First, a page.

perhaps because we’ve got little hope of actually changing the outcome of the agreement itself? ‘can’t fix it, may as well take advantage of it to damage those responsible’?

i’m guessing here.

Chargone (profile) says:

Re: Re: Re:2 soooo

sad side effect of the US’s shear size. there is no counter-balancing force, and even if there Was no one’s willing to risk a war to enforce anything… because quite frankly no one believes the US government is sufficiently non-crazy as to NOT press the nuke button if they were actually losing a war (as opposed to failing to win and/or cutting their losses and withdrawing. i mean actually the US itself suffering the effects of being in a war they were Losing. blockades, invasions, that sort of thing.)

not that the USSR was a good counter balance, obviously, as it had the same problems. the British and Russian empires might have been if they were still around. maybe. or they could be just as bad still.

basically, the only protective buffer in the pacific against actions by the USA is the even Worse position of becoming a puppet of China. this is true militarily, economically, and politically, though the last is mostly due to the first two.

now, the USA’s internal economy might be a mess, but they still exert a lot of force on smaller entities in spite of this.

so, yeah.

(doesn’t help that the current government in NZ at least is, if not a US puppet, made up of the same sorts of idiots who run things in the USA.)

Anonymous Coward says:

would it be a really good alternative for countries to hold separate discussions, without the US being invited and when the TPP meeting gets underway, tell the US representatives what has been decided and what will happen if attitudes dont change? ie, tell the US to piss off!! if it’s that concerned about it’s ‘properties’, keep them to itself, but dont ask for anything from anyone else!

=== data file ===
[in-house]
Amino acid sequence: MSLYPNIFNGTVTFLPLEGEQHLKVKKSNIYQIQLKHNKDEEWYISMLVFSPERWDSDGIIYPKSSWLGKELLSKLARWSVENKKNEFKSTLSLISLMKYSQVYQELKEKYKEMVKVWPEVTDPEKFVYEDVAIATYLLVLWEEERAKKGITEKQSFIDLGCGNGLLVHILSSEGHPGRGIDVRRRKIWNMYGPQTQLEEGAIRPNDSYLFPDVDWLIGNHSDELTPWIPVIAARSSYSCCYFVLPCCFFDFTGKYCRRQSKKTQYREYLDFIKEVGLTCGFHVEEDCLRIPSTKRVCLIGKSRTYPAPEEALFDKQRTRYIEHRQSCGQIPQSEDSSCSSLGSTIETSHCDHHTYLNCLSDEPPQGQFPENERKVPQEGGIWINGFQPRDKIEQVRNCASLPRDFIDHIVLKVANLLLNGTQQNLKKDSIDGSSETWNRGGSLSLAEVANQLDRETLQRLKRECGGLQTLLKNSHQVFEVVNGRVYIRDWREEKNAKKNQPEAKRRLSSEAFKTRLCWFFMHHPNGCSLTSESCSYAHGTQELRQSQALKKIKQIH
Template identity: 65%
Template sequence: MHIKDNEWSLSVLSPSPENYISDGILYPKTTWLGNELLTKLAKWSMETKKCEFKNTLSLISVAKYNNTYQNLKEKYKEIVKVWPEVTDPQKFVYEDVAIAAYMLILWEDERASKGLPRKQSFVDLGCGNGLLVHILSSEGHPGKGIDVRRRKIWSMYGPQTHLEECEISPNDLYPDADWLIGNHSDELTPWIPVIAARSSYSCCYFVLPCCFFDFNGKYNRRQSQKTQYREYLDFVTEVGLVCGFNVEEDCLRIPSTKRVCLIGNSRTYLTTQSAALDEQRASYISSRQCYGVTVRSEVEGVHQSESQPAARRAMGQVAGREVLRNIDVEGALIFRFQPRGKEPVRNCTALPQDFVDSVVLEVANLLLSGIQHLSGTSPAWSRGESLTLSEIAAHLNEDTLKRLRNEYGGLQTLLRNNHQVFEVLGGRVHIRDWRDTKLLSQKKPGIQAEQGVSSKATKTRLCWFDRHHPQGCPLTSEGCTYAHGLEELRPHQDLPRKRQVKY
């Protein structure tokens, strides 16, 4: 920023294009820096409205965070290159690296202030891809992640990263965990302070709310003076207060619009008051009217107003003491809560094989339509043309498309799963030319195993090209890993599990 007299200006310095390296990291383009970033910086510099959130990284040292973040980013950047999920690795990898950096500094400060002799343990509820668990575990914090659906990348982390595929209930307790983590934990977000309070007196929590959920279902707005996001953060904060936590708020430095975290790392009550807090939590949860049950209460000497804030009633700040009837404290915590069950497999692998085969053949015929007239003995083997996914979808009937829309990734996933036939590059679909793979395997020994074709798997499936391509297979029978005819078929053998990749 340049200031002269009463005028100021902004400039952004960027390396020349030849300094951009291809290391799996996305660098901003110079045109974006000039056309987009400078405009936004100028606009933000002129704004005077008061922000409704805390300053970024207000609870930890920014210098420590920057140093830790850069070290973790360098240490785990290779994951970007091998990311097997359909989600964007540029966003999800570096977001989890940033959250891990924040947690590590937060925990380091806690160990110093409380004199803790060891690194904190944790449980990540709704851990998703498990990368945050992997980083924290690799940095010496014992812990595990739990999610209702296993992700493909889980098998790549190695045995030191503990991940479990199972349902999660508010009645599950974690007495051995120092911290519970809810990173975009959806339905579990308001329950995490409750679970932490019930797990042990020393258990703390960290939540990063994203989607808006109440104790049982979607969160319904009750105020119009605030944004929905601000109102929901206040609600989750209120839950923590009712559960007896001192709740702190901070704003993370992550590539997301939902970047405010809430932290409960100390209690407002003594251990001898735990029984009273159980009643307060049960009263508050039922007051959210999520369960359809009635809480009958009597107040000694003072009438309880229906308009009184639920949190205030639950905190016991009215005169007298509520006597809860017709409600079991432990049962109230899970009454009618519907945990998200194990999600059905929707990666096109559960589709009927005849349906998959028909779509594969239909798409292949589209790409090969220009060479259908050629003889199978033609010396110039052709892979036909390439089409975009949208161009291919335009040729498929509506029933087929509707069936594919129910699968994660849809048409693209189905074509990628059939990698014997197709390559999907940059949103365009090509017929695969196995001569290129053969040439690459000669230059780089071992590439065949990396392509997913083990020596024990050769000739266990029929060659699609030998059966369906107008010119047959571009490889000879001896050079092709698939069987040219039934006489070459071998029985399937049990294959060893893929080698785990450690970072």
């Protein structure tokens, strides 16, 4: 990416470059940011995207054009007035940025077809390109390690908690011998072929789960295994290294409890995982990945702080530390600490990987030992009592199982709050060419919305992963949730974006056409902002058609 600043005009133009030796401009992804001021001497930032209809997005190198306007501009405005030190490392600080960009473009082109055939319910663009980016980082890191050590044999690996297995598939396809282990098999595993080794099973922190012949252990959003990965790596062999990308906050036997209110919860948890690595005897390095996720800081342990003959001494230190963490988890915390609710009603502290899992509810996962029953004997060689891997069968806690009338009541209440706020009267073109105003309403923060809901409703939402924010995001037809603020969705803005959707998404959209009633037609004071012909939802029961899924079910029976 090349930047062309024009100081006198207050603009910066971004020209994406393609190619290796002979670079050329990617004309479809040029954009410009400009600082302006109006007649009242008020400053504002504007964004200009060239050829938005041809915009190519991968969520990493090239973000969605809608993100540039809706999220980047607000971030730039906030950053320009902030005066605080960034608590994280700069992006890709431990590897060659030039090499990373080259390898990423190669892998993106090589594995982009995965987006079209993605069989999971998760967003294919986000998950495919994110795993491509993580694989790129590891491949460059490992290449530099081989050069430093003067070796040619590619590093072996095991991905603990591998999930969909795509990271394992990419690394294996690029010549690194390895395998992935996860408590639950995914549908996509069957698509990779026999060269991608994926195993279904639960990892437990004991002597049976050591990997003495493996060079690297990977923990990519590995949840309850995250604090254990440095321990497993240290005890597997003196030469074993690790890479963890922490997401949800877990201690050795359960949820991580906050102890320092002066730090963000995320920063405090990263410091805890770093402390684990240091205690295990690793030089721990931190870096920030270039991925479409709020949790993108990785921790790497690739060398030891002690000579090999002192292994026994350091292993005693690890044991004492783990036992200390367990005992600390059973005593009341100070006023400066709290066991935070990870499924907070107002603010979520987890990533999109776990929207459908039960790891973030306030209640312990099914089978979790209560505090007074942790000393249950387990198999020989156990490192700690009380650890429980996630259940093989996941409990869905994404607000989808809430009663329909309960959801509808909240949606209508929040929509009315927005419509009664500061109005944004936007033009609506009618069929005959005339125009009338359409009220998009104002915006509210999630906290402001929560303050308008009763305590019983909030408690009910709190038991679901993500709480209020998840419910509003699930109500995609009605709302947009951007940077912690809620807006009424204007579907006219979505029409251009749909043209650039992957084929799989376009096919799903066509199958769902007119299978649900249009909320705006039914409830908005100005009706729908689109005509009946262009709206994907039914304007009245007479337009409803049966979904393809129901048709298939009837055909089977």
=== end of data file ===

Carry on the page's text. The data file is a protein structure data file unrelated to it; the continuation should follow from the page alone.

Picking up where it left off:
Anonymous Coward says:

Re: Too Many Acronyms

These are generally the acronyms used by the U.S. government. For instance, U.S. = united states. The others are also government designated acronyms.

For instance

“21st-century Trans-Pacific Partnership (TPP) agreement”


Even the URL has TPP in it.

It’s not confusing to any regular reader here and if you’re new here then it shouldn’t take very long to familiarize yourself with most of these acronyms.

Anonymous Coward says:

Ignoring the publics opinions on a subject that effects the public, here’s a word for you, and a reminder on the definition

traitor [ˈtreɪtə]
a person who is guilty of treason or treachery, in betraying friends, country, a cause or trust, etc.

They were at least right about one thing, there is treason afoot, just not pointed in the right direction

Bets on the first one of them to call themselve a traitor, any bidders……….someone???…….Anyone????

ok, ill go first then………eigggghttweeeeelve-fitteee-six……..yeah, thats my bet, six years, …………plus infinity

Chargone (profile) says:

Re: One of Those

any country you can’t cross in a single day (preferably on foot, but anything as common as a car in the west is sufficient) is too big to EVER be ready for actual democracy.

and Representative democracy is neither representative nor democratic. it is a method to allow the bureaucracy to generally maintain the status quo and press forward incremental changes to the detriment of the public without inciting revolt or finding themselves on the wrong end of a revolution and with less assassinations in the course of choosing who within the ruling elite gets to control what.

liberty is more easily maintained in a feudal system… if the boss suppresses it, you can shoot him and the new boss can actually do something Different.

the trade off, of course, is that you get more ‘civil’ wars.